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16-year-old LeBron's pickup game against NBA All-Stars “He was being the LeBron you know today.”

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Tim Grover’s Hoops The Gym was the iconic trainer’s antidote to modern workouts, as well as players’ go-to place during the offseason. “Basketball heaven,” as Maverick Carter describes it, became headquarters for the league’s pre-draft testing while also hosting a myriad of NBA scrimmages. LeBron James partook in one as a 16-year-old kid going up against grown men.

While playing in an AAU tournament in Chicago, Carter was approached by Greg Ryan – the guy who worked with Tim Grover at Hoops. Ryan was the one who invited the Akron natives for a weekend of workouts in Chicago’s iconic basketball venue during the NBA offseason.

“During those days, all the pros would come in. Antoine Walker, Ron Artest, Jamal Crawford. All the pros: Paul Pierce was there, Penny Hardaway, Jerry Stackhouse. They would start rolling into this gym. It was like basketball heaven. They would work out for like an hour, and then they'd play. They'd just play pickup for an hour.”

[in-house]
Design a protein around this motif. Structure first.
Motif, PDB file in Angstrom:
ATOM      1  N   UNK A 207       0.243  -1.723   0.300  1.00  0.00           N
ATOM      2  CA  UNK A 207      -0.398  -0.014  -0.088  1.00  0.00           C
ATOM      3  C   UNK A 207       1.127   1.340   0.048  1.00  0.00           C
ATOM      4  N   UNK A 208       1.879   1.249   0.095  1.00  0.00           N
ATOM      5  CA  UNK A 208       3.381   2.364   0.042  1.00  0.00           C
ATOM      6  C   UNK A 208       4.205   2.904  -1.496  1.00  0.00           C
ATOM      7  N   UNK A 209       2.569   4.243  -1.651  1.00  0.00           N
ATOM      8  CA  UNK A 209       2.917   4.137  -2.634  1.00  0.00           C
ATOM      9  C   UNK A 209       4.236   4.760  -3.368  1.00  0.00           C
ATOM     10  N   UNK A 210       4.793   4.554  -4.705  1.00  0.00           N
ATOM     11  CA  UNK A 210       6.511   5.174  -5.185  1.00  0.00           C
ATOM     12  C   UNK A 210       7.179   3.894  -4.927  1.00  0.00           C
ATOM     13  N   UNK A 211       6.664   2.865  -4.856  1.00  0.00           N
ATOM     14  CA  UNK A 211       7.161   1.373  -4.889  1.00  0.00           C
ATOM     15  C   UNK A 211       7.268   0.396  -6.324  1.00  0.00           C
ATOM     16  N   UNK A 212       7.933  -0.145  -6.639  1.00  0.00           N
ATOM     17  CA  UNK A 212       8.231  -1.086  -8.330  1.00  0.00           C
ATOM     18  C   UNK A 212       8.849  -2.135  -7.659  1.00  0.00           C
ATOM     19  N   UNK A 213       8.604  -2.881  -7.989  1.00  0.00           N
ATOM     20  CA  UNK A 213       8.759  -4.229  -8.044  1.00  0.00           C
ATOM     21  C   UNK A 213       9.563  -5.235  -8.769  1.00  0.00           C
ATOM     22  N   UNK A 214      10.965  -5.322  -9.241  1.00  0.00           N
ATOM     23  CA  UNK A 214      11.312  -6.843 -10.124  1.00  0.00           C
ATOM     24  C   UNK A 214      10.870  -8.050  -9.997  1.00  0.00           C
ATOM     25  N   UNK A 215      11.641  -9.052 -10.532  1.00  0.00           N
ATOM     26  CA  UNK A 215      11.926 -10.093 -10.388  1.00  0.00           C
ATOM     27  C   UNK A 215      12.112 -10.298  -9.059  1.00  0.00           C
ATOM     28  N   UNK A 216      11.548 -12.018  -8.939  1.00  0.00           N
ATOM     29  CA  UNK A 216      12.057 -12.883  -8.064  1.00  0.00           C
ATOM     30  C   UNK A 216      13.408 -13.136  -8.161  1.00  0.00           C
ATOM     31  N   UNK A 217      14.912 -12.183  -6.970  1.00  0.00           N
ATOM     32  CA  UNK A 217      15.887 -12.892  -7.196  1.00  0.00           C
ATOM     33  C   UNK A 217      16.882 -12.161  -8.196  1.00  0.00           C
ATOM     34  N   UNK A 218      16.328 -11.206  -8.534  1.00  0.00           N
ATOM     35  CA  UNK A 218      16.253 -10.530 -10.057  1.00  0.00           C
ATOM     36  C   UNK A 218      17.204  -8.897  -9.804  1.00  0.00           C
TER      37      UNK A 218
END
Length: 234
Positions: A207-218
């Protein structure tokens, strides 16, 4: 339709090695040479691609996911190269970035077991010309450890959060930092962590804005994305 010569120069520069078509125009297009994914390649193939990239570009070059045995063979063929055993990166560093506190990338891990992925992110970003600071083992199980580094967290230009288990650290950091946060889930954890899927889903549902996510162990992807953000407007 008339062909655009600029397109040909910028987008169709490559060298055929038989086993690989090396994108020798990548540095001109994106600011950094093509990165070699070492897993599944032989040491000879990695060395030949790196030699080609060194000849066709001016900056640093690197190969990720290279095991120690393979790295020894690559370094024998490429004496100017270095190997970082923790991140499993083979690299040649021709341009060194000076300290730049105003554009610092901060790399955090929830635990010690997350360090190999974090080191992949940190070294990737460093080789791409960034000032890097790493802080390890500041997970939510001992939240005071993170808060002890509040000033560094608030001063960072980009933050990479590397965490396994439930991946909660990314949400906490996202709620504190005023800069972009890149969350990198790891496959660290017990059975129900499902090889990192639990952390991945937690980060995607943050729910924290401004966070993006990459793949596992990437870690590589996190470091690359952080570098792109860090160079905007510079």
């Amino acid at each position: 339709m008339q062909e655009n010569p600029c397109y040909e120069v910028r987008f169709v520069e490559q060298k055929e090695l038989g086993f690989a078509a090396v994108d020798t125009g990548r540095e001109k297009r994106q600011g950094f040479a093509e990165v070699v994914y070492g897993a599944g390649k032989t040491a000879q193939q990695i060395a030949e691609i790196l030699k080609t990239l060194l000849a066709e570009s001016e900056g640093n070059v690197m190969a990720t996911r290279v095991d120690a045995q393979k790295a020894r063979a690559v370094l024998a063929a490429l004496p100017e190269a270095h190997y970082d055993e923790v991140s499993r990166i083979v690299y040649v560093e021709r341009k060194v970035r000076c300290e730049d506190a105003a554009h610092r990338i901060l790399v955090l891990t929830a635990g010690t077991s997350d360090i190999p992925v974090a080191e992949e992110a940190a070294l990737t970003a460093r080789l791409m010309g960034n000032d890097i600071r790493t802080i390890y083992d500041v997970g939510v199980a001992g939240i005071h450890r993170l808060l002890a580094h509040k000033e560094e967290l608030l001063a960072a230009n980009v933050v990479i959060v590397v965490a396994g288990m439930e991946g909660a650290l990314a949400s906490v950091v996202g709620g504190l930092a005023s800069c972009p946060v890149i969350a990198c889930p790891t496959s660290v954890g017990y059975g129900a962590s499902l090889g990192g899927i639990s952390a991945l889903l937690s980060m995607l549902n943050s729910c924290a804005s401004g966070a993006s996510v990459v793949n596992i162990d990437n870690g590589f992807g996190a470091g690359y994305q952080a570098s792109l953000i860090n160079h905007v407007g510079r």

Maverick Carter, In the Zone

At first, LeBron couldn’t make the cut. Guys knew who he was, but that’s about it. They didn’t care about a 16-year-old kid, nor how talented of a prospect he was. It was about putting in the work and staying in game shape for the season to come. Everything else was a nuisance.

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That’s until that nuisance was called up by Grover to actually go up against pro players. A teenage phenom joined Guys like Pierce, Stackhouse, and Walker in what was LeBron’s NBA initiation rite.

“He was out there playing, and if you watch the game — he wasn't, like, dominating, but he didn't stick out. You didn't go, like, 'Oh, there's a kid out there.' It was, like, 'Oh, there's just another player out there.'”

Maverick Carter, In the Zone

Defensively, James wasn’t there yet. Even when he got into the NBA, it took him some time to find his groove as a defensive player. But according to Carter, a 16-year-old LeBron had no trouble matching the NBA guys on the offensive side of the floor.

“If you can pass, you can play. And he could pass, and he had the size and the ability to get into the paint, and he got a couple of buckets. He was getting buckets and making plays and kind of being the LeBron you know today.”

Maverick Carter, In the Zone

It would be interesting to hear how James remembers his first time going up against NBA players and what it did to his confidence. But just the fact that he was able to be the equal of NBA All-Stars at 16 is seriously impressive.

The guy really was destined for greatness.

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